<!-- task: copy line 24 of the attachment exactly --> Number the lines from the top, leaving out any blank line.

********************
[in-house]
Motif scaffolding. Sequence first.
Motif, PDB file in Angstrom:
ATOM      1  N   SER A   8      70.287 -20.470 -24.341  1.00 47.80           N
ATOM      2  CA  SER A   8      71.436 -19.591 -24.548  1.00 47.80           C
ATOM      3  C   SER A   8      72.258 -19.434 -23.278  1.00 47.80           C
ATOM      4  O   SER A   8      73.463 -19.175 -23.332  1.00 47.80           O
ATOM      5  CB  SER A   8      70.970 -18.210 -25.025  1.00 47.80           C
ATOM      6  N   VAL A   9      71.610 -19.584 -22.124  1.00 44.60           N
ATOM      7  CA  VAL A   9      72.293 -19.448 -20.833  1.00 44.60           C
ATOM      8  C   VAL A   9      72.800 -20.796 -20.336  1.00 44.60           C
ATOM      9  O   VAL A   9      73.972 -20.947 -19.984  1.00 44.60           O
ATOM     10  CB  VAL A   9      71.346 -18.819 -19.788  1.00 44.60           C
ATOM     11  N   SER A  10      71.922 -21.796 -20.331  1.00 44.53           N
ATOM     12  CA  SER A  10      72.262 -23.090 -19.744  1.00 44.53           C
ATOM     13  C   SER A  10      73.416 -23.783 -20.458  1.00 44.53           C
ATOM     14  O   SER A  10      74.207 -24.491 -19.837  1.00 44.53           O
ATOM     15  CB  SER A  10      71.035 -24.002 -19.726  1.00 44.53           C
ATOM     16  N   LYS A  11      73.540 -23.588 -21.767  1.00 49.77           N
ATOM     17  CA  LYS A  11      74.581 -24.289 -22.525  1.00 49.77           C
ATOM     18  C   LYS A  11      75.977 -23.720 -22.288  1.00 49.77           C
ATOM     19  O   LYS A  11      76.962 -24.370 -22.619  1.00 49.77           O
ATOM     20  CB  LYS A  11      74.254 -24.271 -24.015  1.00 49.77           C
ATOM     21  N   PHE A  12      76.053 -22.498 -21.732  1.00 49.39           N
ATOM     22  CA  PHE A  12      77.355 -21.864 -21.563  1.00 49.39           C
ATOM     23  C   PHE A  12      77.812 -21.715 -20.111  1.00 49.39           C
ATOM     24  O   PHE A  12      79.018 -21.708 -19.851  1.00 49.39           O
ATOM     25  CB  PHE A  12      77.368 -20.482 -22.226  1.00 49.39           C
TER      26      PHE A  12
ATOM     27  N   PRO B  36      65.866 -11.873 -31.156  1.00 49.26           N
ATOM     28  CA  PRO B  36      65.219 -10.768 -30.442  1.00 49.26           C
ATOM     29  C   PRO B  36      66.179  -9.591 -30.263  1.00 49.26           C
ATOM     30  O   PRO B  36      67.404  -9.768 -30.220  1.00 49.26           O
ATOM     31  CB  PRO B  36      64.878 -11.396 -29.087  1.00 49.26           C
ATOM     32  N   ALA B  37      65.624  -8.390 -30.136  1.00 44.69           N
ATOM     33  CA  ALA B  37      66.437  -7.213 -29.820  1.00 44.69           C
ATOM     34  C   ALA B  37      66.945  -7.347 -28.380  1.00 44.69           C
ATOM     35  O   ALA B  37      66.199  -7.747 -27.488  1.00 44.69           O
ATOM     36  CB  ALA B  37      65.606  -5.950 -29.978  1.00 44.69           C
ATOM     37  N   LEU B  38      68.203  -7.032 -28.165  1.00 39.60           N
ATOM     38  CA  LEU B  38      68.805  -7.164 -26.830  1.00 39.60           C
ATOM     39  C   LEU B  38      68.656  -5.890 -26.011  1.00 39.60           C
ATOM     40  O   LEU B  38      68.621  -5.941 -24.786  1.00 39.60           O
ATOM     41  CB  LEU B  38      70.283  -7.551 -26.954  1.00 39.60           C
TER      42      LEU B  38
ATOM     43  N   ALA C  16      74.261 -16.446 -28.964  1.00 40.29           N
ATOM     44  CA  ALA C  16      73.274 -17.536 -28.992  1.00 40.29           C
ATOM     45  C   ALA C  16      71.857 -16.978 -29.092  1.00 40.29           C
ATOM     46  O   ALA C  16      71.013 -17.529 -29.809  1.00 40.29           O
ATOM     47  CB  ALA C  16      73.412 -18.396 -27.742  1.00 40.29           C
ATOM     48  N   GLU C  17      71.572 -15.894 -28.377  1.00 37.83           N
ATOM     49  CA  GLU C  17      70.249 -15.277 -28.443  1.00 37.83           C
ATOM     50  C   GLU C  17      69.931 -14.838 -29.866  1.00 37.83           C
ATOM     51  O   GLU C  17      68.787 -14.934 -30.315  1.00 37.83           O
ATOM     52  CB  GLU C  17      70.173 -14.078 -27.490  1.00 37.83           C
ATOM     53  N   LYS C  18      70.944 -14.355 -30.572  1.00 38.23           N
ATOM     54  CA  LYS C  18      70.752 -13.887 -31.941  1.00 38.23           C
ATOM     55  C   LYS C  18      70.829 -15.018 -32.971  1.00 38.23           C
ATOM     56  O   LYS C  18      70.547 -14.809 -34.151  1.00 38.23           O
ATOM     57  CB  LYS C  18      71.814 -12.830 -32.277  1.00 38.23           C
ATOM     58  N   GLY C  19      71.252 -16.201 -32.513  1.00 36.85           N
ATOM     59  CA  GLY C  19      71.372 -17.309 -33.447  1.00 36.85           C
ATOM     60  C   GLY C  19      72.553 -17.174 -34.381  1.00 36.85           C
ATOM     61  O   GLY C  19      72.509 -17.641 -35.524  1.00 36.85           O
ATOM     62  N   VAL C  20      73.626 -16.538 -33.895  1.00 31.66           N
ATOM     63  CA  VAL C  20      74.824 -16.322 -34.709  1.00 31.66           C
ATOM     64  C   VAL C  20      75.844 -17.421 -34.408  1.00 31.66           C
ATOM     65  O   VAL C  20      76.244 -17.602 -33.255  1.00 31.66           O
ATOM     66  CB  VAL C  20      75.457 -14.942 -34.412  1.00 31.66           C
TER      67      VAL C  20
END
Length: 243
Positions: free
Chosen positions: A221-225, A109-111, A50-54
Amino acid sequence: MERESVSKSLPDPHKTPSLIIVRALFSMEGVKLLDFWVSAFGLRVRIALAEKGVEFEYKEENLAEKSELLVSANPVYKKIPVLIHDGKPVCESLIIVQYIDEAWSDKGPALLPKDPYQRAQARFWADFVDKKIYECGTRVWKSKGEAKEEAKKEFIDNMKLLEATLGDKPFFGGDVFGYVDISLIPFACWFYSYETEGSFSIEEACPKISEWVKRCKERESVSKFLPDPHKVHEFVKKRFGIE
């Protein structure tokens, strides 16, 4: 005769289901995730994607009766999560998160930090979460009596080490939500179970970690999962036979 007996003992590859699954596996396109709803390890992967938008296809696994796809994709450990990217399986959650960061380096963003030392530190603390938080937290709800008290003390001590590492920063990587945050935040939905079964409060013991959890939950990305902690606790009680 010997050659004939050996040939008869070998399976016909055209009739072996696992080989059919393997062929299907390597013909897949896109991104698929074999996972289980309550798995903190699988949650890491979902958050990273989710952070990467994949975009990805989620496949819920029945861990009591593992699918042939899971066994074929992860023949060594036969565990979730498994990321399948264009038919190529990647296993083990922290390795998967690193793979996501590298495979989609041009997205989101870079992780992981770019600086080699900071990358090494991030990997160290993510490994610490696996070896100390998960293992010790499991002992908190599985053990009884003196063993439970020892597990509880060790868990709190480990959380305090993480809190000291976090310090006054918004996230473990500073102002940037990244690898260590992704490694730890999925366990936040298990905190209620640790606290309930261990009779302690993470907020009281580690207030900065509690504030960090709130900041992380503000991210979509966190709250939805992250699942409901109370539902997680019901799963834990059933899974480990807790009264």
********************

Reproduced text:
ATOM     21  N   PHE A  12      76.053 -22.498 -21.732  1.00 49.39           N